While every elearning development project is unique in regards to the content, there are some aspects that span across them all, and one of those aspects are the key roles.
Defining the roles of team members is one of the most important things you will do for any elearning development project. For starters, it prevents everyone from stepping on each other’s toes. In other words, you don’t have any rework because of responsibility overlap, and (hopefully) nothing falls through the cracks.
Clearly defined roles is a great way to prevent this from happening. Setting-up the responsibilities of each role will help to maintain expectations throughout the project as well. It is a good idea to keep the final role document somewhere it can be easily accessed so that new team members can get acquainted with expectations.
What are the Key Roles?
Some projects will have more roles, but in general you can count on having at least the following below involved with any elearning development project. Please note that these definitions are hardly specific. On your projects, you will want to define them at a greater level, particularly with specific responsibilities.
Project Manager – Pretty self-explanatory, the project manager is the go-to person for all decisions related to the project. If problems arise, they are filtered up to the Project Manager and he or she raises it with the other key stakeholders (usually higher level executives).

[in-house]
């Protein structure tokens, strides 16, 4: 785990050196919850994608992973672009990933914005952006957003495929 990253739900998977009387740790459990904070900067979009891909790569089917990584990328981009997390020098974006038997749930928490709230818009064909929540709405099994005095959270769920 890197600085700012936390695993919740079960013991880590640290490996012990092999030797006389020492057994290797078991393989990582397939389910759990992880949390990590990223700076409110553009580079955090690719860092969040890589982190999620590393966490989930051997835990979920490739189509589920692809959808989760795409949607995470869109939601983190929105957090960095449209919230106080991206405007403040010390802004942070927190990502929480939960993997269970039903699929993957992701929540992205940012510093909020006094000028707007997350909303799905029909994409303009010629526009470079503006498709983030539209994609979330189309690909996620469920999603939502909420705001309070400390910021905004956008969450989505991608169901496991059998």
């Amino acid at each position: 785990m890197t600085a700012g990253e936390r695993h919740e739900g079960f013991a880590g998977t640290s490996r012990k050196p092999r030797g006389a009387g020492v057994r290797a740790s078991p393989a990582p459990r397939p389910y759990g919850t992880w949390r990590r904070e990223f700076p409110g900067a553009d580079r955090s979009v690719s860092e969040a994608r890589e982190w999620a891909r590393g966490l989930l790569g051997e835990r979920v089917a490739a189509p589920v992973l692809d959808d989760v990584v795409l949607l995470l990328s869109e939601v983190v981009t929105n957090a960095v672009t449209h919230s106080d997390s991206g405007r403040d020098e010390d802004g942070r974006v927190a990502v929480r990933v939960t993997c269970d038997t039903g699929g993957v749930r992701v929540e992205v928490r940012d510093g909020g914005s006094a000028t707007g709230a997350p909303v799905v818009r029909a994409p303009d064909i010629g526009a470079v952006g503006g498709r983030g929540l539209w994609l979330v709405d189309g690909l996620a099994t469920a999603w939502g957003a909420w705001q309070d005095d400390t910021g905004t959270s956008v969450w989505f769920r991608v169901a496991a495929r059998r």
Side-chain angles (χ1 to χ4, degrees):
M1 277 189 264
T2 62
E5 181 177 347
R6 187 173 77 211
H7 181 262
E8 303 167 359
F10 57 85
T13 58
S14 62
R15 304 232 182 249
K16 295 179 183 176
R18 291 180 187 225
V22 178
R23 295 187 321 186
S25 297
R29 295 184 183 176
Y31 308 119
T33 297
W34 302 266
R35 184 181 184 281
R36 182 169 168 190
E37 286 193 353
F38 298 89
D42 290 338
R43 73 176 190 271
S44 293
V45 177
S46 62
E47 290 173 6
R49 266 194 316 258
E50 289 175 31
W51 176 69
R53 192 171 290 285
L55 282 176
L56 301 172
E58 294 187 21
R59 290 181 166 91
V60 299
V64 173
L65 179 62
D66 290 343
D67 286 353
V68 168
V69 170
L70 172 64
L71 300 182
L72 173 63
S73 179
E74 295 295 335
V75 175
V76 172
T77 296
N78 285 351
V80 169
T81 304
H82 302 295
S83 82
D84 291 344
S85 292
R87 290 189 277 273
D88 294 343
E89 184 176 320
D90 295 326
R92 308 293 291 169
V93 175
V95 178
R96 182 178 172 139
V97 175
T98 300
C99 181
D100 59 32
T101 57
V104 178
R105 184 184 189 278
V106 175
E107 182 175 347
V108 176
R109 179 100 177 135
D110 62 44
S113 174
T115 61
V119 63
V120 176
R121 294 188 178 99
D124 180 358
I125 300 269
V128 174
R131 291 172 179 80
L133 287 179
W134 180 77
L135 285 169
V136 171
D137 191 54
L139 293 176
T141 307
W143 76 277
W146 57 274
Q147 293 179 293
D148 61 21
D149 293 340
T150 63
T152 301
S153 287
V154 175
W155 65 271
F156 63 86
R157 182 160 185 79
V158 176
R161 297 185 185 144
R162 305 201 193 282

This person is also responsible for creating and driving the project plan, which involves keeping the project in scope and ensuring quality control across all deliverables.
ELearning Developer – Also known as the instructional designer, this role is the one that is creating the course storyboards and developing the content in a rapid elearning software program. They often interact with the next role.
Subject Matter Experts – This is the role that has specific knowledge about the content of the training courses. They work hand-in-hand with the Elearning Developer to answer questions and ultimately sign-off on the content.
Visual Designer – This role is sometimes shared with the ELearning Developer, but not always (nor should it be). The visual designer is the one who creates the graphs and diagrams for the courses that ultimately lend to the learning. They can also be the ones responsible for compiling job aids.
Systems Administrator – Most elearning projects have someone who is responsible for the technical architecture of the learning management system. Sometimes this person is only partially involved (for example, an I.T. Specialist). They usually have multiple responsibilities from an I.T. perspective, one of which is managing the LMS. They are critical to the successful delivery of the content.